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by Odd Thomas
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by Megan Almon
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Mon Jun 17, 2013
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Mon Jun 17, 2013
by Justin Holcomb
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Sun Jun 16, 2013
by Josh Mcpherson
Some Preach from Envy and Rivalry
Land of Disenchantment
Our culture is becoming more polarized. The right and left of almost any issue are drifting ever farther apart, and the church is not immune.
In The Courage to Be Protestant, David Wells broke down the evangelical world into three streams: marketers, emergents, and traditional Protestants. A couple years ago, I asked Dr. Wells if he would maintain those three circles described where the church would be going in the future. Nope, he said. Now we're heading into a much more polarizing time where the church would be divided in two extremes.
The Easiest Way to Build a Platform
Want to know the easiest way to build a platform these days? Set yourself up as the antithesis to a person or position of influence. Be the contrarian or critic who rides the coattails. It's easier to be known for what you’re against than what you are for.
Many of the most prominent bloggers sell advertising and more subtly, and I think more influentially, are not just “bloggers” but also speakers and authors. (Even more, those decrying evangelical celebrities have un-ironic speaking request links on their front page.) Their ability to make a living is based on site traffic and conference invitations, and they build their reputations—and traffic—by walking over others.
The problem is, those people we're against? They are usually people who are near to us—not close, but near. Dave Eggers said it best:
Too cowardly to address problems of substance where such problems actually are, we claw at those close to us. We point to our neighbor, in the khakis and sweater, and cry foul. It's ridiculous. We find enemies among our peers because we know them better, and their proximity and familiarity means we don't have to get off the couch to dismantle them.
The sad reality is, in our polarized culture, that's what sells. And when that sells in the church, Satan laughs.
A Prophet Can’t Be Bought
Please don’t read this as a bland plea for tolerance or a wishy-washy ecumenism. Sometimes lines need to be drawn.
My concern is this: are we staking ourselves and our reputations on truth, or are we drawing lines based on a wildly profitable animosity? Find the difference between shilling your opinion and proclaiming a truth.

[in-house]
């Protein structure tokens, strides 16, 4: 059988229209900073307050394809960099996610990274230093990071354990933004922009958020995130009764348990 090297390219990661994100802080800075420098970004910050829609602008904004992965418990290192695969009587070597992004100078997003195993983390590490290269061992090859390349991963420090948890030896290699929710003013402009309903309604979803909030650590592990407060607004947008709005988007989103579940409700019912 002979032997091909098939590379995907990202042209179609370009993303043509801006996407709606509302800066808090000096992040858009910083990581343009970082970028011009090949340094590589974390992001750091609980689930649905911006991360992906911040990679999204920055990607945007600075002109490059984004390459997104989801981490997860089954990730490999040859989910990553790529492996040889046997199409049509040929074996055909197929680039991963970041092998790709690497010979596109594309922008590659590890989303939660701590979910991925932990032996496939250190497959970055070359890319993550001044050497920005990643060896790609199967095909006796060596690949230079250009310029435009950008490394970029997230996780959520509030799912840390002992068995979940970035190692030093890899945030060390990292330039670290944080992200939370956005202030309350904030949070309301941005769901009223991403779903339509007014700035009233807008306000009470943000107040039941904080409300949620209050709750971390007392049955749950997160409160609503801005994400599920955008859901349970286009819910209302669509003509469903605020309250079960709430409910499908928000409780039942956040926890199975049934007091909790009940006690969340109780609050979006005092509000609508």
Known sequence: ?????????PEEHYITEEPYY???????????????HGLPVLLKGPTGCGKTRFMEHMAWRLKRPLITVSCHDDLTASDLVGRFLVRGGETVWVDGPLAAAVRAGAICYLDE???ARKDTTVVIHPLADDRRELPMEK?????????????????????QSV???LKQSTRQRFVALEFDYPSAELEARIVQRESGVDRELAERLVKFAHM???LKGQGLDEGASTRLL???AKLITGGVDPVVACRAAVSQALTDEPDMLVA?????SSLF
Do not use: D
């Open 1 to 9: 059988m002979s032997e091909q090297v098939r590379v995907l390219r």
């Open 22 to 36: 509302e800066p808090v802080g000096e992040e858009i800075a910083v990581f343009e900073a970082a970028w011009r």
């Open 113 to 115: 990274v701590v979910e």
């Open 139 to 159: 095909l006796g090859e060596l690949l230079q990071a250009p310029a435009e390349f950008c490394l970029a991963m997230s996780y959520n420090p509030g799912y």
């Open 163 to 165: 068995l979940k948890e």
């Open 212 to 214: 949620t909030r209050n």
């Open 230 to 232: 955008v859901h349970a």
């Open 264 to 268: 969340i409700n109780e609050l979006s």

The result of all of the above is a general confusion, chaos, and a sense of instability. The good news of Jesus as Lord, God, Savior, and King must be exalted above good advice and individual branding.
In Philippians 1:15–18, Paul says this:
Some indeed preach Christ from envy and rivalry, but others from good will. The latter do it out of love, knowing that I am put here for the defense of the gospel. The former proclaim Christ out of selfish ambition, not sincerely but thinking to afflict me in my imprisonment. What then? Only that in every way, whether in pretense or in truth, Christ is proclaimed, and in that I rejoice.
Yes, and I will rejoice.
According to D.A. Carson, in his exposition on this epistle, the men preaching from envy and rivalry were more than likely saying some ugly things about Paul, along the lines of:
“It really is sad that so great a man as Paul has frittered away his gospel opportunities simply because he is so inflexible. After all, I and many others manage to remain at large and preach the gospel. One must assume that Paul has a deep character flaw that puts him in the path of trouble. My ministry is being blessed, while he languishes in prison.”
We know that Paul has no problems calling out heretics (2 Timothy 2) or correcting wayward brothers (Galatians 2). Yet, in this case, he doesn’t correct these men or feel the need to vindicate himself. Paul simply points out their motives and then says that as long as Christ is preached (Philippians 2 and 3), even in our most foolish pretentious ways, he will rejoice.
Is Christ being preached? Rejoice!
Don’t confuse a different style for a wolf. And don’t rush to label a differing opinion heresy, a serious charge. Trust that you’re not the Holy Spirit and that he will use even someone’s most pretentious efforts as long as Christ is preached.
Pastor, be known for proclaiming the truth of Jesus.
Blogger, be known for writing about the truth of Jesus.
Christian, be known for loving and rejoicing in the truth of Jesus.
The church must be the one place where this truth is most clearly, passionately, and wonderfully proclaimed.
Jesus, his gospel, his church, and the lost are more important than all the rest of it—especially your SEO.